Wednesday, March 31, 2010

Another Bee Chore - Heater Bees!

I'm devouring a fantastic bee book which I must tell you about. It's called The Buzz About Bees, Biology of a Superorganism by Jurgen Tautz. It was originally written and published in German and is translated (excellently) into English.

This book covers all the latest and greatest on the secret life of bees. Reading it has been fascinating with many "I never knew that" moments. Here's a few new things I learned from this book:

A Heater bee is actually another recently discovered task that some workers perform inside the hive. The heater bee will help to warm the brood in two very distinct ways.

Have you ever noticed how the queen doesn't always lay a perfect brood pattern and leaves the occasional cell empty? Well the heater bee uses that cell to warm the brood in the adjacent cells. Have you ever seen workers dunked all the way down inside a cell and not moving. For many years it was thought that the bee was cleaning but now they've used infrared and carefully sliced open the cell walls to observe.

The worker laying still inside the cell is actually moving her abdomen very quickly and is generating an incredible amount of heat, often up to 41 degrees Celsius. The worker will often continue in this activity for up to 30 minutes.

After that she'll be exhausted and all her energy reserves are burned up.... but that's when another newly discovered bee job comes into play. That job is for the Filling Station bees. These workers fill themselves and then go in search of energy starved bees in the hive. They give the heater bee that "sweet kiss", touching tongues together, which you'll often see when observing bees inside the hive.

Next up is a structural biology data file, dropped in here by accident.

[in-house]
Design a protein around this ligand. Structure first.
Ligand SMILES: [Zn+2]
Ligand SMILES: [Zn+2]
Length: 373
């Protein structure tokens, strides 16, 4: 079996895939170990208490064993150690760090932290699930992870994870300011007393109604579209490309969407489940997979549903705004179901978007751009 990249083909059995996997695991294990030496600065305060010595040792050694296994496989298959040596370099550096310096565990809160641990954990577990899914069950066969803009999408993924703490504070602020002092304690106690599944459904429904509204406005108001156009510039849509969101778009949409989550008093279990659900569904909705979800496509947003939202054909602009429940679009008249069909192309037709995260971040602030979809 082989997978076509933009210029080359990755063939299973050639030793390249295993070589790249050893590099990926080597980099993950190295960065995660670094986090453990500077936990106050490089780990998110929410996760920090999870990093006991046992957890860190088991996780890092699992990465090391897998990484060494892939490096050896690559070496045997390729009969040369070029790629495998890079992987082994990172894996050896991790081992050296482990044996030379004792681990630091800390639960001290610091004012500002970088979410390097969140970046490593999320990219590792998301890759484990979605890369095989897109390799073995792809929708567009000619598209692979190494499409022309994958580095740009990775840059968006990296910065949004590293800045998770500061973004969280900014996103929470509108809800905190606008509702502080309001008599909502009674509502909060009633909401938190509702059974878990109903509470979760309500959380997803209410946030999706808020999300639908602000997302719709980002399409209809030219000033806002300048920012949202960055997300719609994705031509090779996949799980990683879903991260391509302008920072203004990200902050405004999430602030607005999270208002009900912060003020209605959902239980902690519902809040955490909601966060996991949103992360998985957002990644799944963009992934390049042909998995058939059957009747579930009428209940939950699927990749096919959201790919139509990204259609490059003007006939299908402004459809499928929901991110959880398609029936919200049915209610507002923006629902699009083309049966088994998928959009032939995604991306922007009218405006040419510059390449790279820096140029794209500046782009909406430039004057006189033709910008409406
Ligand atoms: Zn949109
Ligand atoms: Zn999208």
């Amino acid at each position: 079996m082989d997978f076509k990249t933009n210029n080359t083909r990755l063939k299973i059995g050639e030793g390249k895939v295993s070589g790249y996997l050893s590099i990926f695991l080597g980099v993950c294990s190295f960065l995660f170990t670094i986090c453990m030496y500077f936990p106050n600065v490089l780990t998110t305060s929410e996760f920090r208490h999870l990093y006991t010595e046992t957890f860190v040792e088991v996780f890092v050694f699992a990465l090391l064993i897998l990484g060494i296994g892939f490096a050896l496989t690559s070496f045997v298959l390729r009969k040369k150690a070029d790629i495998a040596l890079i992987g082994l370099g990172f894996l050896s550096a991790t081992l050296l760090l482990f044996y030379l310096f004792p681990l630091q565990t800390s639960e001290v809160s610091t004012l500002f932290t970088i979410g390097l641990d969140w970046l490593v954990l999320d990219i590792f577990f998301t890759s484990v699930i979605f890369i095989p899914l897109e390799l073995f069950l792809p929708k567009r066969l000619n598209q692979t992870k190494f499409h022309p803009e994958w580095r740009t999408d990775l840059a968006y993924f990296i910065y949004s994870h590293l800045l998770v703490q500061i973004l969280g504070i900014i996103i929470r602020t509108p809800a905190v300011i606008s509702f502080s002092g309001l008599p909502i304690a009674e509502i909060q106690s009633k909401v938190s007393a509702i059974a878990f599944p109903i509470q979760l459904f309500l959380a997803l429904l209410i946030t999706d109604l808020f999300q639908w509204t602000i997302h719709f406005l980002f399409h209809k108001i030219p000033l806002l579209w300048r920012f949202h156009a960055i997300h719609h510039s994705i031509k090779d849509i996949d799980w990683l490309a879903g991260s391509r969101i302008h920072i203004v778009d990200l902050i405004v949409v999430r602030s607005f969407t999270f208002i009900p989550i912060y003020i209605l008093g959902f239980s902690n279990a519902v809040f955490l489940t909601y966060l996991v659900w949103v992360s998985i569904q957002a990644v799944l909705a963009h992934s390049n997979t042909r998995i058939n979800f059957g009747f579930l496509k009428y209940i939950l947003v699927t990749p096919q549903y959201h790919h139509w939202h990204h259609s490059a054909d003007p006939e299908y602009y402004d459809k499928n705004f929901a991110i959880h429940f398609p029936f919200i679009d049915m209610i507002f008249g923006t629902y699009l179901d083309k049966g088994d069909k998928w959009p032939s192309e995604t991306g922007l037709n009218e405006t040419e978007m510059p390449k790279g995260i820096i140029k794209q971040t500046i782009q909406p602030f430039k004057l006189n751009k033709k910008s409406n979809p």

Filling stations are those odd cells in the brood area which the bees fill with nectar to save long trips to find an energy boost.

Another task that heater bees carry out, also recently discovered, is to stand with their thorax resting on the cap of a cell. Then they do "stationary flying", which is vibrating their wing muscles which is how they warm themselves. This heat is transferred to the wax where it warms up that cell and the adjacent cells. For a long time it was thought these bees were simply standing still resting, but on closer study it was discovered they were busy working.

Bees of all ages will carry out the task of heater bee.
Did you learn something new? Stay tuned and I'll report on how similar honey combs are to dish soap bubbles and how bees can communicate their dances through vibrations in the wax.

You've got to get this book. Out of 5 stars, I'd rate it 10. It's full of great close-up photos too which are a pleasure to see. You can find it on Amazon at Buzz about Bees.
(My bees are doing great and I'll report on them later this week.... Gosh life gets busy in the spring doesn't it?!).
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